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I am a single father . My son is 6 years old. Recently my child's mother and I had a falling out. She has gone to stay with her mother and rarely calls our son. From what I hear from his teachers there has been a small change in his behavior patterns. He is doing things out of character. How do I best explain a compicated situation to a 6 year old in order to keep his spirits up at a time I know is difficult for him?


Annie Fox, M. Ed. Replied: I am very sorry to hear of your troubles. I'm especially sad for your son. Whatever quarrel you and his mother may have had, doesn't concern him, and yet, he is paying a heavy price. I'm not surprised, with all that's going on, that he's doing things "out of character". He's upset. His world has been turned upside down and I'm sure he is very confused and may even feel that he has done something to cause his mother to abandon him. You need to be very mindful of his feelings. Give him every opportunity to express those feelings openly. Spend extra time with him. Take time off from work if you need to. This is a family emergency and your son's well-being needs to be a top priority. You cannot fix what's wrong, but you can LISTEN. And that will be helpful to your son. You also need to reassure him that he was not to blame for his mom leaving. Make sure that you don't say negative things about his mom and if he asks when she will return, tell him the truth of what you know (even if the answer is "I don't know.") Reassure him that you love him and that his mom loves him. Let him know that whatever happens, you will not leave him... ever. Raising a child alone is not easy, but with family and community support it can be done well. So if you have family nearby, this would be a good time to circle the wagons. Another form of support that will be important to you and your son is counseling. Your first stop should be your son's school psychologist. He or she needs to be very aware of the recent change in the family. Hopefully, the boy's mother will not remain estranged from him. When things have calmed down a bit between you and his mom, I strongly suggest that the two of you have a conversation about your son, and you can get on the same page in your dedication to this little boy. You don't have to be together as a couple to be united as parents. Your son deserves nothing less. I hope this helps and I wish you and your family well. In friendship, Annie Fox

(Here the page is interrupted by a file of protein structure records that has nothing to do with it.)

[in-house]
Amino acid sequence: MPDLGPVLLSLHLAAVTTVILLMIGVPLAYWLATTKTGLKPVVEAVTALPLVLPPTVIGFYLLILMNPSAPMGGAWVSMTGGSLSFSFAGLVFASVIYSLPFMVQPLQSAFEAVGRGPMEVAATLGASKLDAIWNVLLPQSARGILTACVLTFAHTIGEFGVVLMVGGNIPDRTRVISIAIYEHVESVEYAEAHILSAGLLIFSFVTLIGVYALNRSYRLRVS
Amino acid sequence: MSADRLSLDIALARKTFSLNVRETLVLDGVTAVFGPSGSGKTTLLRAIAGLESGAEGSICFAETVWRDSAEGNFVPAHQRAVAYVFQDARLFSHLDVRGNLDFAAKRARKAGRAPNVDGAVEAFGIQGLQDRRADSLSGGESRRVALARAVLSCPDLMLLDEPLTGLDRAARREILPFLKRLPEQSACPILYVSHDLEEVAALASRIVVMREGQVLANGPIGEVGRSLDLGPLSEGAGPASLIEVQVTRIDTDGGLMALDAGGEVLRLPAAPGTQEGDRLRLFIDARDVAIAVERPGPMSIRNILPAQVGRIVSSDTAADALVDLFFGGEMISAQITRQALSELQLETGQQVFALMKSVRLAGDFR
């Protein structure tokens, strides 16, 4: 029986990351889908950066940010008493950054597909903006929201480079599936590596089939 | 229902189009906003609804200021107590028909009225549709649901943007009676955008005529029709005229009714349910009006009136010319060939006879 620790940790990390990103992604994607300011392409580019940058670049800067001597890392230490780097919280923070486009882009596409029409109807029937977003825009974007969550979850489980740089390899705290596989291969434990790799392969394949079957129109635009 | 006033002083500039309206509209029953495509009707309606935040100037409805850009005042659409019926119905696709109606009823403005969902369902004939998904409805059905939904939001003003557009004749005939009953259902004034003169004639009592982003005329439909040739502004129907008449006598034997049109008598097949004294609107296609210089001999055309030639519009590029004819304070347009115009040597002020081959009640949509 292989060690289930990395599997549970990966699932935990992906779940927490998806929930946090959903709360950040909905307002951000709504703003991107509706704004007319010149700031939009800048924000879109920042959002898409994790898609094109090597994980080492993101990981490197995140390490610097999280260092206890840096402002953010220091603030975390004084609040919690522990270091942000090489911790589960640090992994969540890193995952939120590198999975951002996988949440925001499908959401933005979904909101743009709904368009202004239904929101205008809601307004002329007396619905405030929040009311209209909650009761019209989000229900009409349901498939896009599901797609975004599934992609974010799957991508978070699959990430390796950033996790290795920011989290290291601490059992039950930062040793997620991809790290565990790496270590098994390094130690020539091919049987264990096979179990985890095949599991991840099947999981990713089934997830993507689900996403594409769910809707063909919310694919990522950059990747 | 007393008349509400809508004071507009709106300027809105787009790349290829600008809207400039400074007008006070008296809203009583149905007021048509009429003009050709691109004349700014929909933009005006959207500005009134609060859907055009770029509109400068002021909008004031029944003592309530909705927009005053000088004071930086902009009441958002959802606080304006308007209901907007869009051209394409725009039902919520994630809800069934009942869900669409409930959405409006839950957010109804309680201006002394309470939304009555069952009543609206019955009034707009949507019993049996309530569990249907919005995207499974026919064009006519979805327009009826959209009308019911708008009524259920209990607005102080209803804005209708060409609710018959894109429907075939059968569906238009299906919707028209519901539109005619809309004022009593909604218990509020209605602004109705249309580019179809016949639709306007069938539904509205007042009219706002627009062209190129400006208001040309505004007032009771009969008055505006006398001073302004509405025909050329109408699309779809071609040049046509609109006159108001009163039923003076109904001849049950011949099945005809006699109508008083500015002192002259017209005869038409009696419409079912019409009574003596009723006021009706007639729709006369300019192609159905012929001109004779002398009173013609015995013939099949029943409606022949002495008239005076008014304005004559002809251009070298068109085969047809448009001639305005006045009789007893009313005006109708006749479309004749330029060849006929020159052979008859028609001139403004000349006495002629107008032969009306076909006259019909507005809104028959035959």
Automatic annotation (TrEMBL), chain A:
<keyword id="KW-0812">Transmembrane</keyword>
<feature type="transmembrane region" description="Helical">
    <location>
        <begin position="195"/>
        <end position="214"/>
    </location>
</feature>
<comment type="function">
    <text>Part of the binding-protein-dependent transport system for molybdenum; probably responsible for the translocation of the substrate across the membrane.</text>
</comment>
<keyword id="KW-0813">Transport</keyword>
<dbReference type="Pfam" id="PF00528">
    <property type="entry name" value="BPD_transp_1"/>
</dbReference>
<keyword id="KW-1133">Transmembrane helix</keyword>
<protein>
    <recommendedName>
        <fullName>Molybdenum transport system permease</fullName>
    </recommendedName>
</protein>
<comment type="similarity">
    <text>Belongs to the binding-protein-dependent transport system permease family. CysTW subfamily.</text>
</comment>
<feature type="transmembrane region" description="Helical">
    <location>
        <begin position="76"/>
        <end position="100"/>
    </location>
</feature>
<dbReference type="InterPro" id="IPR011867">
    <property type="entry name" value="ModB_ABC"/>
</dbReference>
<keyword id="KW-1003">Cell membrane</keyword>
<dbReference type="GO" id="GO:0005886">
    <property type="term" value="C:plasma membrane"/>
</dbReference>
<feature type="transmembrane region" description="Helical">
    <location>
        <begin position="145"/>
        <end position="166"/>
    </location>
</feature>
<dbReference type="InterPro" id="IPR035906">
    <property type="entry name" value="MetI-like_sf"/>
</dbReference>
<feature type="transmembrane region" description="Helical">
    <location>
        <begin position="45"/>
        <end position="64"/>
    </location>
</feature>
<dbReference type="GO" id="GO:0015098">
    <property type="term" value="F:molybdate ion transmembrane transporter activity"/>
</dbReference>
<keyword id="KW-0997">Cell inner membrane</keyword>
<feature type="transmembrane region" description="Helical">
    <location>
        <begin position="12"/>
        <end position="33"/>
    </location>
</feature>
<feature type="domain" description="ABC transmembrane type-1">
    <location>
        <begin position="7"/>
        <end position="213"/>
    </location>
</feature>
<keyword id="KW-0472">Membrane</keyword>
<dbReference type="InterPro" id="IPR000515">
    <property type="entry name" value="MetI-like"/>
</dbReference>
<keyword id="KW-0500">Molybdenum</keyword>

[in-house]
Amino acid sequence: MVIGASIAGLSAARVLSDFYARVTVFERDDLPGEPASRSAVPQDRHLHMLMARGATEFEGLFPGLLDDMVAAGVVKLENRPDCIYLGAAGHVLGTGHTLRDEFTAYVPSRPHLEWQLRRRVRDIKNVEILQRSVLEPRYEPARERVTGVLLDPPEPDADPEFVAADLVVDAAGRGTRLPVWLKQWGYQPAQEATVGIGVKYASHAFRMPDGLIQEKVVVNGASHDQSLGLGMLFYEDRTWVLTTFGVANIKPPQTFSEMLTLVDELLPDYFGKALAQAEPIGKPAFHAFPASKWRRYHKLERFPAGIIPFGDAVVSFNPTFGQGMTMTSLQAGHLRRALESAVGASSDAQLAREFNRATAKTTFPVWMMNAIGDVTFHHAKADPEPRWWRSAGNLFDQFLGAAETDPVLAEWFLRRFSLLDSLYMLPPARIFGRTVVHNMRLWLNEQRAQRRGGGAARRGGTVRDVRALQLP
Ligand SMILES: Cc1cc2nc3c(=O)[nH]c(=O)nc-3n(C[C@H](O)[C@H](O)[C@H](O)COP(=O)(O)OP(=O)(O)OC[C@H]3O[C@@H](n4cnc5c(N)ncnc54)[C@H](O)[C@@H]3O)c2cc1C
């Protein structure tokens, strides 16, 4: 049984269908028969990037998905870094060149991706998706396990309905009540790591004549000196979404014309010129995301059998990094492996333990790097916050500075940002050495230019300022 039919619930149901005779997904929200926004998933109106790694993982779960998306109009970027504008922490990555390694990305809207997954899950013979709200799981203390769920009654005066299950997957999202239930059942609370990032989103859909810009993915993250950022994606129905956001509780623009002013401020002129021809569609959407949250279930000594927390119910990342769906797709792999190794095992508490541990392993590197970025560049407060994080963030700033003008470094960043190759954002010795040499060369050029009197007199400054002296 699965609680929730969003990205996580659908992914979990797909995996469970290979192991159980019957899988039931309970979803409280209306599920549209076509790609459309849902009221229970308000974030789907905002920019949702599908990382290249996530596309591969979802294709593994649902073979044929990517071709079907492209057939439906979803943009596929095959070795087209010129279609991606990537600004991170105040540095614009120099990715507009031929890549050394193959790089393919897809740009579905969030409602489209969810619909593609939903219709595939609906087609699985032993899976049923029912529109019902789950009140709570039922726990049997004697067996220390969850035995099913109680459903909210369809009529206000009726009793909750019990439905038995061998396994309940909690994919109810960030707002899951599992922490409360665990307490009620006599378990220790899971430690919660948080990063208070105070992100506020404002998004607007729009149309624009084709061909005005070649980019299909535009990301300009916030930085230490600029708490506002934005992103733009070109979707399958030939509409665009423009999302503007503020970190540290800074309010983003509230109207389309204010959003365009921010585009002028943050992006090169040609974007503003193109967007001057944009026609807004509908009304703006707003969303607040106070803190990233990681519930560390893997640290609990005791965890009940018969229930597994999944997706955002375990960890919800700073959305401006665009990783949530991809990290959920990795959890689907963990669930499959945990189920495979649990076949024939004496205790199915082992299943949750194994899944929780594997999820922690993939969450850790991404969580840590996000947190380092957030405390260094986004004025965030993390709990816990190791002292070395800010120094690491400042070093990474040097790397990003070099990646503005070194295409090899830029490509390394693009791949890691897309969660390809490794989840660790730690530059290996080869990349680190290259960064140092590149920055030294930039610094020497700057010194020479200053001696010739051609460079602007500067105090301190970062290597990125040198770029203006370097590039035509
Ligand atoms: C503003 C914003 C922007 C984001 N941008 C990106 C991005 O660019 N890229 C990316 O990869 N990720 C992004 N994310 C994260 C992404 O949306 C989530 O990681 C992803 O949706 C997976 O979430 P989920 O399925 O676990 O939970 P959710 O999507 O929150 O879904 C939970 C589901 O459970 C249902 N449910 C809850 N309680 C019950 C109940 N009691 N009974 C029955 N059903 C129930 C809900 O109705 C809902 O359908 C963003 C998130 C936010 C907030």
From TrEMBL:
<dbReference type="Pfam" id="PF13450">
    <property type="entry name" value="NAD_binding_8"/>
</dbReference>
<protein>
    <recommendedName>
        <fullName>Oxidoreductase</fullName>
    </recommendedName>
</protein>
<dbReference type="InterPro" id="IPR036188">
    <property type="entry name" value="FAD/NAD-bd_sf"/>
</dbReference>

Posted On 2005-12-29 21:29:57
Mark Viator Replied: While this may be a difficult situation for you and your son, you may be suprised how well your son will understand. The first thing that I recommend is to keep your explanation simple. Do not try to be elaborate. Keep it simple and honest. The second important thing to remember is to not place any blame. Do not degrade yourself or his mother. Let him know that you and his mom are not getting along well right now. Even though this is happening, you and her still love him very much. This reassurance is what he really needs right now. If his behavior continues to be a problem at school, take some time and talk to his teachers. Let them know that he is going through some changes at home. His teachers can be a great source of consistency and reassurance for him, also. Good Luck
Posted On 2005-12-27 07:04:13
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